Pinging is a multiple stage way to initiate a conversation. Anyone who is naturally good at starting casual conversations follows this process subconsciously.
I think the scariest part of becoming one of those crazy socialites who can talk to everyone is the first step; just saying the first couple words. Pinging is great because it lets you separate the first step from everything else. You don’t have to worry about what you’re going to say next, what good conversation topics are, or how you’re going to see the person again if the conversation goes well.
The three steps of pinging are:
- Determine Interest
- Pump Interest
- Transition to Small Talk
Here’s a quick example. Imagine me sitting in a coffee shop obnoxiously typing away on my laptop and suffering from an excess of caffeine. A twenty-something guy pulls out the chair next to me and puts his own laptop on the table. I notice a sticker for a marketing company I’m familiar with.
At this point, habit is what causes me to ping. The likelihood that this person is interested in talking and is actually someone I’d like to know are slim, but I might as well give it a shot. I know it’s only going to take a couple minutes to figure it out anyway.
“Hey, you’re into Moz?”
When you Determine Interest, you want to know if someone is interested in chatting, and if so, how interested are they? I like to think of it as Green, Yellow or Red interest. If they’re not interested, no harm done, we just won’t continue the conversation.
To Determine Interest, you just need to say something. Pretty much anything. I’d recommend a question or statement related to why you noticed them in the first place, but a simple, “Hi,” works just as well.
“Yeah, I work in the industry so I pretty much have to follow them.” He’s just settling in. I’m trying to determine how interested he is in chatting, so I go through a quick test:
- Did he give a terse or one-word answer when they could have given a full one? If so, RED.
- Did he give a full response? If so, YELLOW.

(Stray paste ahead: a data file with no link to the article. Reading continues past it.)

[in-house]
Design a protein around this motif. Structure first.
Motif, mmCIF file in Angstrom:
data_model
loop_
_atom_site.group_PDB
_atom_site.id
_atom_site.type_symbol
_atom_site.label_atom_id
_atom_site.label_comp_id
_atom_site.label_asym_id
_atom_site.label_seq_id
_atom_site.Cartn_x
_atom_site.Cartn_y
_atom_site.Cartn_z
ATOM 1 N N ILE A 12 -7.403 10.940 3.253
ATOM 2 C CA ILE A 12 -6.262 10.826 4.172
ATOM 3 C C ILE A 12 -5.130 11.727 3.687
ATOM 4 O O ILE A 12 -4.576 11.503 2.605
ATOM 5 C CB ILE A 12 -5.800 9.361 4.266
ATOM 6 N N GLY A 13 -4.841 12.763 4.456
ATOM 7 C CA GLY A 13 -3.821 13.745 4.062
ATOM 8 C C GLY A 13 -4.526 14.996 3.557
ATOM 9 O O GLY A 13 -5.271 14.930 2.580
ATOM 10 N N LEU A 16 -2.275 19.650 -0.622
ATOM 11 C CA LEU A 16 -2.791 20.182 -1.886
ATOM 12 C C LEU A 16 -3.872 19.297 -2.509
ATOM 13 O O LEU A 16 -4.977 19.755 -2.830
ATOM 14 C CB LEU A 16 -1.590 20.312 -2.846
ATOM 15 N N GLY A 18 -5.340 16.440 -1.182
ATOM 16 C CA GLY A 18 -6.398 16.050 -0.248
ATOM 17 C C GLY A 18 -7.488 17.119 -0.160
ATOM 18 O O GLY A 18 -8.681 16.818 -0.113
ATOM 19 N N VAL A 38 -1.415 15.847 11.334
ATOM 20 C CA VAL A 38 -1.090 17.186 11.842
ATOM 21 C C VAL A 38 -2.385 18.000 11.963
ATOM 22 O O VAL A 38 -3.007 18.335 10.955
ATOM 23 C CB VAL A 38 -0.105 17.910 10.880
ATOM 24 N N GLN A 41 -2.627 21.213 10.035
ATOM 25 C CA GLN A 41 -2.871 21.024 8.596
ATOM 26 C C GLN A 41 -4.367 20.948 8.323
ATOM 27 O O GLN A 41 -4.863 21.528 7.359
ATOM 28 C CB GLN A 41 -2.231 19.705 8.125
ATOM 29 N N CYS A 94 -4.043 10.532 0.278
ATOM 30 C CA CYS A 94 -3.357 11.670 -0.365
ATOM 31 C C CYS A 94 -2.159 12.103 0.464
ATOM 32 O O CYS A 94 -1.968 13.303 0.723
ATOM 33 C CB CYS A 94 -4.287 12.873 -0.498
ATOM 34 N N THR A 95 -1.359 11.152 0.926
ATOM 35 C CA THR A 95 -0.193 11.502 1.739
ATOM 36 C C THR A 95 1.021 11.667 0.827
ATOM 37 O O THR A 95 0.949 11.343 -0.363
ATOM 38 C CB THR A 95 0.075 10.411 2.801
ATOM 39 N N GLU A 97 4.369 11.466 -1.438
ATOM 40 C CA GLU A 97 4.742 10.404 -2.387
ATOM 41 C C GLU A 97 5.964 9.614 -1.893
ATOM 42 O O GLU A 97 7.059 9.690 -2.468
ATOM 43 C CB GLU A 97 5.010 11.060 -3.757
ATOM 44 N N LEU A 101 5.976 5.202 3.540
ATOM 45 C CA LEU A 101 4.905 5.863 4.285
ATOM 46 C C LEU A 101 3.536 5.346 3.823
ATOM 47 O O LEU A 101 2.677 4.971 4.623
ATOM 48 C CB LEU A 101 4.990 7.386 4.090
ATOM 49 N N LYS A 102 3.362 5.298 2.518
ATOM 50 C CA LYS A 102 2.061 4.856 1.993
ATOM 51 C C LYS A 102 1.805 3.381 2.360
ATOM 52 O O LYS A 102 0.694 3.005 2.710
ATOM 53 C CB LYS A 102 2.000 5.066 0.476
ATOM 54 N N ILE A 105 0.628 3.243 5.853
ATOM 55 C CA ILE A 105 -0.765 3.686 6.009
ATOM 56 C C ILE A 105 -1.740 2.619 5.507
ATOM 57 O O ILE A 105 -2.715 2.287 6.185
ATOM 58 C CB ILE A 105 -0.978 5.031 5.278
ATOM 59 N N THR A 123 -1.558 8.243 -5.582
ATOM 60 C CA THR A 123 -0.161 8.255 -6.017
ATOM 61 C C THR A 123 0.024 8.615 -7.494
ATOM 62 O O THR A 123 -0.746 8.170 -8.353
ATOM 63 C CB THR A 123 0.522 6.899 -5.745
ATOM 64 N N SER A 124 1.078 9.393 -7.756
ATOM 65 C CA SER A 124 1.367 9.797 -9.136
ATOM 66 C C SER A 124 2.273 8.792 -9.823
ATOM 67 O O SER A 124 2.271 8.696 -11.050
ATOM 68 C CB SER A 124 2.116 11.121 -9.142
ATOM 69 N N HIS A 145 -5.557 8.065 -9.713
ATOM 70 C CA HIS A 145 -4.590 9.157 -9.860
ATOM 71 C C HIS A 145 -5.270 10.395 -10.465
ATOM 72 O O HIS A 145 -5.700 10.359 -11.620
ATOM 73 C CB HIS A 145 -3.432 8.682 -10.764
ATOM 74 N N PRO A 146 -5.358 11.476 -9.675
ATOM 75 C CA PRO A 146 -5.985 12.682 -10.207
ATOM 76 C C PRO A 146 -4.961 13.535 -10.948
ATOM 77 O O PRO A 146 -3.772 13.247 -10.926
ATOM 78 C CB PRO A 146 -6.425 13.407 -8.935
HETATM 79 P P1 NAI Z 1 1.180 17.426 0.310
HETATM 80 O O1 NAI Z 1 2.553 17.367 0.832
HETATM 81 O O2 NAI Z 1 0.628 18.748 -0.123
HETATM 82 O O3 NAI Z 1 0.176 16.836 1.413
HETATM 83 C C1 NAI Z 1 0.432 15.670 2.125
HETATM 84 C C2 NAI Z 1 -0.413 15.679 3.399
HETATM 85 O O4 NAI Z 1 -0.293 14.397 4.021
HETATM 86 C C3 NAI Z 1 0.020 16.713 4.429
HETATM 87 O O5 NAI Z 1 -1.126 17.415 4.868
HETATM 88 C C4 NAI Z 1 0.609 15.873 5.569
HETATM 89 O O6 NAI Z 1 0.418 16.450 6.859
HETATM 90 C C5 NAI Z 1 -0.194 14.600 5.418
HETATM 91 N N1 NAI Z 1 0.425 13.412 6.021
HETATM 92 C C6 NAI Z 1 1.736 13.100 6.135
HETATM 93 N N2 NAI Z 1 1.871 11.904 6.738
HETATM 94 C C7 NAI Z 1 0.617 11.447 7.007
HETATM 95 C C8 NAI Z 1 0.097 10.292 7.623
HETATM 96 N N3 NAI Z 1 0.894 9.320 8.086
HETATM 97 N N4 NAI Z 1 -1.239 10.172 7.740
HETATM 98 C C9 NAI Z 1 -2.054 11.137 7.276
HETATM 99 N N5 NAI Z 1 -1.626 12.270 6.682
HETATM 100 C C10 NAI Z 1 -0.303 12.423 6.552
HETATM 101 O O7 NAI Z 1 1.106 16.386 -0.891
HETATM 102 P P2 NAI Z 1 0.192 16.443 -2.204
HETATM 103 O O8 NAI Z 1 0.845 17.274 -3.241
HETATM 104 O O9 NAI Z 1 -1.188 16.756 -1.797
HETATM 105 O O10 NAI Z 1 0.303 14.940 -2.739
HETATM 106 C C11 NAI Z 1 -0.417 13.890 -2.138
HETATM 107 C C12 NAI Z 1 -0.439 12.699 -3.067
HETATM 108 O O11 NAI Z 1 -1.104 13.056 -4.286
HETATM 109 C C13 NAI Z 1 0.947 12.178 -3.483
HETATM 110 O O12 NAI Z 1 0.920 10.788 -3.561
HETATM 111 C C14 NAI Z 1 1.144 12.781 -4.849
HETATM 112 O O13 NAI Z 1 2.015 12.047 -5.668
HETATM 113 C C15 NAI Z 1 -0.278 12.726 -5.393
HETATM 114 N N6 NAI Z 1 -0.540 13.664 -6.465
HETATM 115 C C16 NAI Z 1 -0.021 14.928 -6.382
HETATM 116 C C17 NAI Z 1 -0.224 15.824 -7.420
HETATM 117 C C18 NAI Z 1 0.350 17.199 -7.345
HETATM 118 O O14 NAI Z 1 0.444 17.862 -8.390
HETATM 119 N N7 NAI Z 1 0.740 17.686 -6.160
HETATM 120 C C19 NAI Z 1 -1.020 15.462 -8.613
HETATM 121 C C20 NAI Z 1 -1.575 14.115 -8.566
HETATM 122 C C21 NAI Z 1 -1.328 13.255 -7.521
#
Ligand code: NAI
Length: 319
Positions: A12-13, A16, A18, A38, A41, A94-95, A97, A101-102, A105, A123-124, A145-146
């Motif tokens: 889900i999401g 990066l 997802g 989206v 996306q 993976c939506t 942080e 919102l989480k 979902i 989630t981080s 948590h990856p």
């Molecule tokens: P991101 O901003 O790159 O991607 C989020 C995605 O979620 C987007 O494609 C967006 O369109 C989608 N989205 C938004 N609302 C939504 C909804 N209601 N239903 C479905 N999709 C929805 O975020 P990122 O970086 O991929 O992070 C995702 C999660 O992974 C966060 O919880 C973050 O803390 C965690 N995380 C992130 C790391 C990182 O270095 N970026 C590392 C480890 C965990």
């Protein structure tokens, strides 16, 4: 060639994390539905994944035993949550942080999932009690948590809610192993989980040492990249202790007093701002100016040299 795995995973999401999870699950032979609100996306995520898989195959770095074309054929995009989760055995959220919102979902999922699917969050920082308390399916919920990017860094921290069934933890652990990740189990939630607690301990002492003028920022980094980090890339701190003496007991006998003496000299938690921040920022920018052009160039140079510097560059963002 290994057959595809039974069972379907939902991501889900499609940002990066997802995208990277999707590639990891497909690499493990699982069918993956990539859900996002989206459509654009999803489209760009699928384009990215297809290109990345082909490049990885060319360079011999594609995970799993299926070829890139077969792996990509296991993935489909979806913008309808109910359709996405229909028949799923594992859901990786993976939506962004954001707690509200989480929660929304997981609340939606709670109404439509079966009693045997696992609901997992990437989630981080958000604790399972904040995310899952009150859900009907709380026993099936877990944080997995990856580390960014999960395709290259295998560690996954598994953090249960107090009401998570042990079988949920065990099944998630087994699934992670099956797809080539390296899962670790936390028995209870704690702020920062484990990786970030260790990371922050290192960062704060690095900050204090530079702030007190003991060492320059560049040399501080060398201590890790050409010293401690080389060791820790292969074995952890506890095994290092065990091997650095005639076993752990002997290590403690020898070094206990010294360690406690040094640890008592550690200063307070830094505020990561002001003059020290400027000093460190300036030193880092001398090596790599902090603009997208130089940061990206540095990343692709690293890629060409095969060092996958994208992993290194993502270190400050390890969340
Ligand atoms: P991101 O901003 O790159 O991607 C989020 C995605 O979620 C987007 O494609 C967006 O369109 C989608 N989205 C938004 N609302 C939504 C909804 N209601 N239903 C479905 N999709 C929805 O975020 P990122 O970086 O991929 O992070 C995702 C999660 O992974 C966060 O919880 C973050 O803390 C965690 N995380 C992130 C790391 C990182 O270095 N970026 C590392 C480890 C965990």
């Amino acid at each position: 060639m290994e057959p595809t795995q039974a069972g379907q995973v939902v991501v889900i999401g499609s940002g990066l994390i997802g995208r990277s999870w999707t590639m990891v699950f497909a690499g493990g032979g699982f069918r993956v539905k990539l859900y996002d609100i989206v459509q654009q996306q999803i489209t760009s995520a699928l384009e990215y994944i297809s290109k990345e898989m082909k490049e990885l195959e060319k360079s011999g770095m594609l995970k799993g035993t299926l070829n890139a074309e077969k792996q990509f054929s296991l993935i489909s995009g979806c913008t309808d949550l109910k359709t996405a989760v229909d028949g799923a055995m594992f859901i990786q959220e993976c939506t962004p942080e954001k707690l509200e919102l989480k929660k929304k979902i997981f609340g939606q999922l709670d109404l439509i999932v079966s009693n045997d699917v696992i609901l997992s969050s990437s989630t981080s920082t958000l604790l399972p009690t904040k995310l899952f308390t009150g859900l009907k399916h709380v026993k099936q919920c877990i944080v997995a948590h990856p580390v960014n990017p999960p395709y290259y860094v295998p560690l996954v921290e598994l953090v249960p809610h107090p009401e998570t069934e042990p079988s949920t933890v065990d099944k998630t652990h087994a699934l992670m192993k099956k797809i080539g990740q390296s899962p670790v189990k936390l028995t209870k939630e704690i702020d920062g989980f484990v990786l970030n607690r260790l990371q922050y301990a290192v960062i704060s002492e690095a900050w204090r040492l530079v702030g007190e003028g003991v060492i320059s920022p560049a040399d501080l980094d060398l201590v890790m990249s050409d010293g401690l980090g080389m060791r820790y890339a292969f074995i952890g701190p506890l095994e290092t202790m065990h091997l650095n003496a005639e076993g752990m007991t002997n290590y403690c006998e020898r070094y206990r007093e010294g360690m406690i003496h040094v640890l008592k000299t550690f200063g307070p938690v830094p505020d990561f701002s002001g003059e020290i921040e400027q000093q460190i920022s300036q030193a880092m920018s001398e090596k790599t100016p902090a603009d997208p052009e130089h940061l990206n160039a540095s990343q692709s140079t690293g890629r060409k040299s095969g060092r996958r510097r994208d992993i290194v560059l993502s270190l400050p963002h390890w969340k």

- Did he expand their response or try to involve me? If so, GREEN.
Well, he could have just said, “Yeah.” He didn’t, he continued to tell me why he’s into Moz. But he didn’t ask me why I care, or if I’m in the industry as well. So we’ll say he’s YELLOW. Cool.
Now I could try to just pop right into a conversation by, say, asking him a question. The problem is that, when we’re in conversation, asking a question is kind of like borrowing money–we’re hoping that the question will lead to an exciting topic, but if that doesn’t work then we’ve just wasted the first minute or so of conversation and come across as boring.
So instead I’m going to Pump Interest. I’m going to use one of the conversation games from The Conversation Handbook called the Rule of Threes to make him laugh. I happen to know that Rand Fishkin is the face of Moz, so I’m going to exaggerate his importance a bit.
No matter how interested someone is in chatting, it’s always good to take what interest they have and give it a little boost. Pump Interest a bit. Give them a reason to like you, think you’re funny or interesting, or that you share a hobby.
“Ah yes, the scions of wordly wisdom. Buddha, Christ and Rand Fishkin.”
He laughs, “I don’t think he’s quite that amazing, but he’s pretty great.”
It takes a fraction of a second for me to consider whether I want to move the conversation forward, transitioning into Small Talk. He’s obviously in my industry, has a decent sense of humour, and I’ve shown him that I’m interesting and funny, so he’s got a good reason to chat with me as well.
The third step of Pinging is Transitioning to Small Talk. Standing in line at the store might not be the best time to have a full conversation, but it’d be a shame not to keep talking with an interesting and interested stranger you just met at a party or conference. What’s the quickest way to get into a full conversation?
We’re technically on a conversation topic, but it could easily end here. To transition to small talk, the trick is to decide to pursue the conversation. That sounds silly, but it’s not. It’s a commitment to keep trying, taking responsibility for every aspect of the process.
I promise to myself not to let awkward silences last. I promise to myself to be interested in the other person, and to find out more about them. I promise to myself to be open and give my conversation partner several topics to ask me about.
Throughout the rest of the conversation, I’m looking for the absence of red lights. If he does or says something that is obviously intended to end the conversation, or shows that he’s uncomfortable or not interested in the conversation anymore, then I’ll relent.
If he doesn’t show any red lights–even if I can’t read his thoughts and see his level of interest in the conversation–I’m going to assume that he wants to keep talking. Otherwise I might give up on my promise without giving the conversation a chance.
Small talk, how to ask questions without being an interviewer, how to be funny and how to tell engaging stories are all part of this conversation process. If you want to improve any of these skills and other related ones, give The Conversation Handbook a read.